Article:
Updated Monday, April 9
Last week's very wet storm gave a big boost to lagging seasonal precipitation levels in the Bay Area and throughout Northern California.
A rich stream of atmospheric moisture from near Hawaii dubbed the "Pineapple Express" delivered up to 8 inches of rain in some coastal areas and set a record for the density of water vapor measured in the air during the region's typical wet season, from October to April.
Mount Tamalpais got a total of 7.40 inches of rain during the storm -- including 5.86 inches on Friday. Venado, the site of a rain gauge just west of Healdsburg in northern Sonoma County, recorded a storm total of 6.04 inches.
San Francisco got a total of 3.43 inches -- more than double the normal rainfall for the entire month of April (and more than city received during December and February combined -- two usually wet months that were bone dry this season). The 2.22 inches recorded Friday beat the previous April 6 record of 1.28 inches, set in 1871.
Meteorologist Neil Lareau of San Jose State University said the blast of heavy precipitation -- which came on the heels of a wetter-than-usual March -- helped push the seasonal precipitation closer to normal levels.
He said it's a surprising comeback to a season that just a few weeks ago resembled the worst of the region's recent drought years.
"It was a stretch to make up for the deficit in January and February, so this is really a great turn of events," Lareau said. "And to do it without major flooding too, is always a good thing."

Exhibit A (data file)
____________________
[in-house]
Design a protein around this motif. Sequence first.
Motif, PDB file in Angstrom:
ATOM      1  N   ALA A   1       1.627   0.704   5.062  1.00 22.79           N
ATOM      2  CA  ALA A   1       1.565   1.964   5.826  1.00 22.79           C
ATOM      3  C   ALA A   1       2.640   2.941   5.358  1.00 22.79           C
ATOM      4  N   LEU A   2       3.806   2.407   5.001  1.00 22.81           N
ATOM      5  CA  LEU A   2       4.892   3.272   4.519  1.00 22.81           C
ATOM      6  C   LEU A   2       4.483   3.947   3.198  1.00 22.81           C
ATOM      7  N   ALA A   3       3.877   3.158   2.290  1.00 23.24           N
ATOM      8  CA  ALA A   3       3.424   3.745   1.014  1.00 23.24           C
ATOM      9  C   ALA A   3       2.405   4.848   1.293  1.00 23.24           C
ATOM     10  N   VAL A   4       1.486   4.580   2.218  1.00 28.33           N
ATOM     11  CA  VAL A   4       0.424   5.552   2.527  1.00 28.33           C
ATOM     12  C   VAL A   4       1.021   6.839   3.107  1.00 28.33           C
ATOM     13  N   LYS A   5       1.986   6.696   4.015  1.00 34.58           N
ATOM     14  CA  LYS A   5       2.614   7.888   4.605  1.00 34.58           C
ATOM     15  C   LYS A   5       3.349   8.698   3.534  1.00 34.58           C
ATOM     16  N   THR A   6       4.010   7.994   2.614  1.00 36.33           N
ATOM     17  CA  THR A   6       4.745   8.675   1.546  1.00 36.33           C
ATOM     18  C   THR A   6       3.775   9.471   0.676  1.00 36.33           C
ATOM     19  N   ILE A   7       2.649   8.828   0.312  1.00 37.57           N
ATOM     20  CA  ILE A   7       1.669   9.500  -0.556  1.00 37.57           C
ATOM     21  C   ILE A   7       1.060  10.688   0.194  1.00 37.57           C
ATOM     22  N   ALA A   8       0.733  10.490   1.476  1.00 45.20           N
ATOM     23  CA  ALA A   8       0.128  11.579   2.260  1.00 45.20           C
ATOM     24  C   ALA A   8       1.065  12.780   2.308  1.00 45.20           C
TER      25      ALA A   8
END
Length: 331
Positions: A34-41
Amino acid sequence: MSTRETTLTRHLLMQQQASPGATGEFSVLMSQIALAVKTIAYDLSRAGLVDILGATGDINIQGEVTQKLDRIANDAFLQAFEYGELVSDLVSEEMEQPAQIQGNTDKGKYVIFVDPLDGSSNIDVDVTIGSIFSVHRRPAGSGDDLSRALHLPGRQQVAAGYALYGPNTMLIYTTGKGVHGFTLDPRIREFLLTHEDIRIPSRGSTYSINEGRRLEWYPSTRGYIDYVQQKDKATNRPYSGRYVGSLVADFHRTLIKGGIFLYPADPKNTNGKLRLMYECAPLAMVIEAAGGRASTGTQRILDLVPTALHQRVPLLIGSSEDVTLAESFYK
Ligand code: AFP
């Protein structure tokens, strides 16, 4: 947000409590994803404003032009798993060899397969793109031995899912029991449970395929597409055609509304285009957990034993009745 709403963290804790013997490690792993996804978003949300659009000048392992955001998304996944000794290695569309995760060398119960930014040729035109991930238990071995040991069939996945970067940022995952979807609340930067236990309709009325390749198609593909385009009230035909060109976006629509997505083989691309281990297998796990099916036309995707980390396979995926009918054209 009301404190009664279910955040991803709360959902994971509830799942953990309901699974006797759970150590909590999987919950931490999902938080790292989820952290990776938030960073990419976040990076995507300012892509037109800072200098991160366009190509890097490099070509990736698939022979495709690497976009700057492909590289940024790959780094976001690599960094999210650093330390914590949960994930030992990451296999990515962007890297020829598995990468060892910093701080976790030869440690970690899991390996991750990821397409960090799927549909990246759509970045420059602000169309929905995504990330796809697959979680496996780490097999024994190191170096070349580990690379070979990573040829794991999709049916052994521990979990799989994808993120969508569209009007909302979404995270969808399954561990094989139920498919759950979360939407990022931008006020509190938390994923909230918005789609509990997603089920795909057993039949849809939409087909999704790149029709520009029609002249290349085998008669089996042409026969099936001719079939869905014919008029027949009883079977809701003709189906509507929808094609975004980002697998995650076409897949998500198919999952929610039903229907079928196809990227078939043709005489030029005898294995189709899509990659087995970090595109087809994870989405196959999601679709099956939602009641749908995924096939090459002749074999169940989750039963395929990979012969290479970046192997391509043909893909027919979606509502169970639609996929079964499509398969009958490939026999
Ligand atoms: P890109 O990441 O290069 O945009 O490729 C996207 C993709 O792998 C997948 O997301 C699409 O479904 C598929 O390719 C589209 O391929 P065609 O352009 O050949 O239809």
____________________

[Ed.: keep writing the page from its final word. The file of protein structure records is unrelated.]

One widely watched gauge of precipitation, the California Department of Water Resources' Northern Sierra Eight-Station Index, has reached 83 percent of its average for early April. The nearly century-old index reached its all-time high last year, measuring 182 percent of average. Because of last year's historic precipitation, nearly all of the state's big reservoirs have remained at or above their average levels -- despite the scanty rainfall earlier this season.
Most Bay Area locations have recovered to somewhere between 60 and 75 percent of normal precipitation for this point in the season.
Even after the big storm, though, the water content of California's mountain snowpack is still less than half its average for this time of year.
The rain cut off abruptly Saturday morning, but not until it had caused minor flooding along the Truckee River below Lake Tahoe. And parts of Yosemite Valley were closed over the weekend as rain and rapid snowmelt triggered a rapid rise on the Merced River.
Elsewhere in Northern California, state officials warned as the storm approached that a spike in runoff might necessitate use of the partially rebuilt spillway at Oroville Dam for the first time since repairs began on the badly damaged structure last summer.
On Sunday, however, the Department of Water Resources said use of the spillway is now "unlikely."
Weather models suggest Northern California is in for at least a week more of unsettled, potentially wet weather, with two relatively weak storms expected by the end of the work week.
This report contains reporting from The Associated Press.